Canal Winchester's three water towers, which combine to hold nearly 1.4 million gallons, are in need of inspection and two require paint jobs.

The city's 10-year, $77,000 maintenance contract with Caldwell Tanks Inc. of Louisville, Kentucky, is up for renewal.

"Basically, we're taking a proactive approach with our towers," city Public Works Director Matt Peoples told city council May 20. "We do the same thing with all of our other equipment. Before this contract, we were very reactive with it, even from an inspection standpoint."

The previous contract included annual inspections and scheduled maintenance of the tanks located near Ashbrook Village and North and South Gender roads.

The oldest tower on North Gender Road dates to about 1970, Peoples said.

Although City Council likely won't consider a new contract until its meeting Monday, June 17, it's expected to be cheaper -- about $61,000, water department superintendent Joe Taylor said.

Maintenance includes "wash outs" every three years, which involves draining the tank and cleaning to ensure water quality, Taylor said.

The U.S. Environmental Protection Agency recommends washouts every five years.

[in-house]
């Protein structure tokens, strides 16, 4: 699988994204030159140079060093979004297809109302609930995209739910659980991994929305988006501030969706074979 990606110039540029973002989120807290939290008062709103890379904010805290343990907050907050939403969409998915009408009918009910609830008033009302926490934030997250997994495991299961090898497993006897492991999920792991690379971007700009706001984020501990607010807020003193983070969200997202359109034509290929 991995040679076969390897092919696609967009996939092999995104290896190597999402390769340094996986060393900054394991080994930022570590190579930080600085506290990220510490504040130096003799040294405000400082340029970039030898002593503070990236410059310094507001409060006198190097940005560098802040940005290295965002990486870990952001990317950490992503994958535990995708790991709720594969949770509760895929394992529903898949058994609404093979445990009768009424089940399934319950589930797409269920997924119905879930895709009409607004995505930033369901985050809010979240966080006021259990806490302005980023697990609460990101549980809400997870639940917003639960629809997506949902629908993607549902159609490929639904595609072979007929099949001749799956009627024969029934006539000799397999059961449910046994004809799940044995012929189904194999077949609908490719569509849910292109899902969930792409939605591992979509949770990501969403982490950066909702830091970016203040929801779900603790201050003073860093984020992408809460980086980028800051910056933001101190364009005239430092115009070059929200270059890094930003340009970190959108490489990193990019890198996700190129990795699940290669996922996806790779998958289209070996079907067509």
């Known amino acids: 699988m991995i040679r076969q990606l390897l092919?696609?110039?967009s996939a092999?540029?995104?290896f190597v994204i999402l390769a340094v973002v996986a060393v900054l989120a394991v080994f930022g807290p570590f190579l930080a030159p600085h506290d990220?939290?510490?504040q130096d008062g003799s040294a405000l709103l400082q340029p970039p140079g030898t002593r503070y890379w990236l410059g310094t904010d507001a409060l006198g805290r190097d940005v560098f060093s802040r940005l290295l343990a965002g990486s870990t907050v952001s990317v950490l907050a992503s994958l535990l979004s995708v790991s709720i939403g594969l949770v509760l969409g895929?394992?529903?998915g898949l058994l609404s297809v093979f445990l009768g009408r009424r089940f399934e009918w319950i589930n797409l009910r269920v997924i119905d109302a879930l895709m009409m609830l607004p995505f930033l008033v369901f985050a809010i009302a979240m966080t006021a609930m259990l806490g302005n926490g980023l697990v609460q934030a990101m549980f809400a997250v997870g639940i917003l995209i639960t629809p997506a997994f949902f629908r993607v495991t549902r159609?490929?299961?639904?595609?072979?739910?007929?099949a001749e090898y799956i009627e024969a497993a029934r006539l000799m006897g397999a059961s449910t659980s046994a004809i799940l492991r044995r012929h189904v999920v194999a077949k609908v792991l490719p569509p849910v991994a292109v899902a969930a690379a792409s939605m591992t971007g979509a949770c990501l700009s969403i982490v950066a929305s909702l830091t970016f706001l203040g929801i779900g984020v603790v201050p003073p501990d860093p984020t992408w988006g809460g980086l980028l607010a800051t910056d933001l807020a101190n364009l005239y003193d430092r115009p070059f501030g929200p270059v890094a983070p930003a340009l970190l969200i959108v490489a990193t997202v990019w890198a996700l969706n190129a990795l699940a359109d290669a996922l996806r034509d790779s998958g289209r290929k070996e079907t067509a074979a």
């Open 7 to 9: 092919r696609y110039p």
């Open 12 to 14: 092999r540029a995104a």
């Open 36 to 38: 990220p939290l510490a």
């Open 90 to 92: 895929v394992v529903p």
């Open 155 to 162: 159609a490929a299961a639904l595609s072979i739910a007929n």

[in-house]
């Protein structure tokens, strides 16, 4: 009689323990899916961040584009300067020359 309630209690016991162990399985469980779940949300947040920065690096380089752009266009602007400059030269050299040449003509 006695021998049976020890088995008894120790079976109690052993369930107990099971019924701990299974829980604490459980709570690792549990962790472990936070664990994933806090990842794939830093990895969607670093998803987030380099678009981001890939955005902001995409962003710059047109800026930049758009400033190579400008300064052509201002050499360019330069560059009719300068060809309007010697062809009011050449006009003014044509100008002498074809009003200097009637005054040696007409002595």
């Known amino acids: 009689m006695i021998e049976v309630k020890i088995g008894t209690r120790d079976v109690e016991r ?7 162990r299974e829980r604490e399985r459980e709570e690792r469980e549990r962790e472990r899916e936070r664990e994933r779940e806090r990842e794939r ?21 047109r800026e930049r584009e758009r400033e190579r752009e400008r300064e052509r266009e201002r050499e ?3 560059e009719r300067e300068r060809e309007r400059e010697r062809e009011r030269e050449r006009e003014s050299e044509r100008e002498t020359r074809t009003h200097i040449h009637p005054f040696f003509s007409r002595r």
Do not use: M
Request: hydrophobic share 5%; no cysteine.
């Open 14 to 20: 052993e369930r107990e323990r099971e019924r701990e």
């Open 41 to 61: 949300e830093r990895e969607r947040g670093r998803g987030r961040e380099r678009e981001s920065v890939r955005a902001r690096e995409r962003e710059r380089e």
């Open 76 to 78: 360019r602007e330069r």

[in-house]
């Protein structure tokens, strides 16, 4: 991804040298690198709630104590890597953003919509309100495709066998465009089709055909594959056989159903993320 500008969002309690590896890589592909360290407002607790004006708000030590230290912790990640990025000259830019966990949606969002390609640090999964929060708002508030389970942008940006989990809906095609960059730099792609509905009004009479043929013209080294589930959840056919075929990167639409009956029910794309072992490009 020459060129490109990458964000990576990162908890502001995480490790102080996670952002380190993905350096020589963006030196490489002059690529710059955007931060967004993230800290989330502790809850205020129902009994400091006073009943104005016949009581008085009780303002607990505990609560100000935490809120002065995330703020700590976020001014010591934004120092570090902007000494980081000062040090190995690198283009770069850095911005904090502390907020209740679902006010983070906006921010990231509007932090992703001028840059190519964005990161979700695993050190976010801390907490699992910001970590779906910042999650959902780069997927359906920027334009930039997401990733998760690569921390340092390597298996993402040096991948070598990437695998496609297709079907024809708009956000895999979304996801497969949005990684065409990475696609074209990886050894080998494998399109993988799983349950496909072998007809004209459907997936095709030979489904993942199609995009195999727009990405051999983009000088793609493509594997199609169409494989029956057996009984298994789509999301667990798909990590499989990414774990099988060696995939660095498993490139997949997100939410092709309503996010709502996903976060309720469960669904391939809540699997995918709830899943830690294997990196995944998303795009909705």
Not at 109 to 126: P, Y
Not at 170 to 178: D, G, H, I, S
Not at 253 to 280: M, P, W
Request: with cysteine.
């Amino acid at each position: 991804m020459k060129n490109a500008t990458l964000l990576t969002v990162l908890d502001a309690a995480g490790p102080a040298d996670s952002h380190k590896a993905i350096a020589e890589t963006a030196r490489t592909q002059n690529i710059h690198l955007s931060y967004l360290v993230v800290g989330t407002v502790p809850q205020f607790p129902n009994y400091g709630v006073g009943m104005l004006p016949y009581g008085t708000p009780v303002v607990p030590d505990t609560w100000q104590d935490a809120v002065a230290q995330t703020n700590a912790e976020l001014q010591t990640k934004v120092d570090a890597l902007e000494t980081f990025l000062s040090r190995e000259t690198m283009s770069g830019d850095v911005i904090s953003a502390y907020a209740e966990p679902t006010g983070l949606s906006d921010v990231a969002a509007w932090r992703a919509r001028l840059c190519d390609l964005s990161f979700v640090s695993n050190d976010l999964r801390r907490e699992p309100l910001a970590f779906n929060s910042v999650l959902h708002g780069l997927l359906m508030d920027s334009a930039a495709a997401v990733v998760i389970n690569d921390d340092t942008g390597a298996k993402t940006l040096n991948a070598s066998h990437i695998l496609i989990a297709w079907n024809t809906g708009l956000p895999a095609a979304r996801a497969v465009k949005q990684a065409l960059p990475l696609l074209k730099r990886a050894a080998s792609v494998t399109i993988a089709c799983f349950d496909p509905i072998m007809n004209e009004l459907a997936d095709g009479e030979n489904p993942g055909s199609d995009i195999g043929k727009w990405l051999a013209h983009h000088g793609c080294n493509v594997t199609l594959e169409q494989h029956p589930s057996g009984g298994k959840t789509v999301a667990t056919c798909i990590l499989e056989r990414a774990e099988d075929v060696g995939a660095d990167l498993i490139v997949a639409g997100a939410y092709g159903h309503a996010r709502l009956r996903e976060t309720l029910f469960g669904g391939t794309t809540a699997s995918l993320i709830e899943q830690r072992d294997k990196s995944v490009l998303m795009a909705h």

"They come in, wash it out, clean it and clean any of the silt that's settled in the bottom of the tank, disinfect it and then put it back in service once it passes a bacteria test," Taylor added.

All three tanks have been painted in the past 10 years; however, the two tanks along North and South Gender roads are due for a new coat of paint, Taylor said.

"This contractor, what we've done for the past 10 years, could be one of our biggest cost savings that we've done the whole time," Mayor Mike Ebert said. "It's well paid for itself."

Peoples said a new tank could cost more than $2 million, so "it is worth it to do the maintenance."

The city's approximately 2,800 residential and business customers pay $6.33 for each 1,000 gallons of water used and $5.88 for each 1,000 gallons of sewer service.

A new schedule approved by council last fall will bump water rates to $6.46 per 1,000 gallons beginning in 2021 and $6.59 per 1,000 gallons in 2022. Sewer rates will increase to $6 and $6.12 per 1,000 gallons in those years, respectively.

The city rolled out a multiyear water meter-reading project last year, which is designed to phase out old equipment and deliver new technologies involving a radio-read system.

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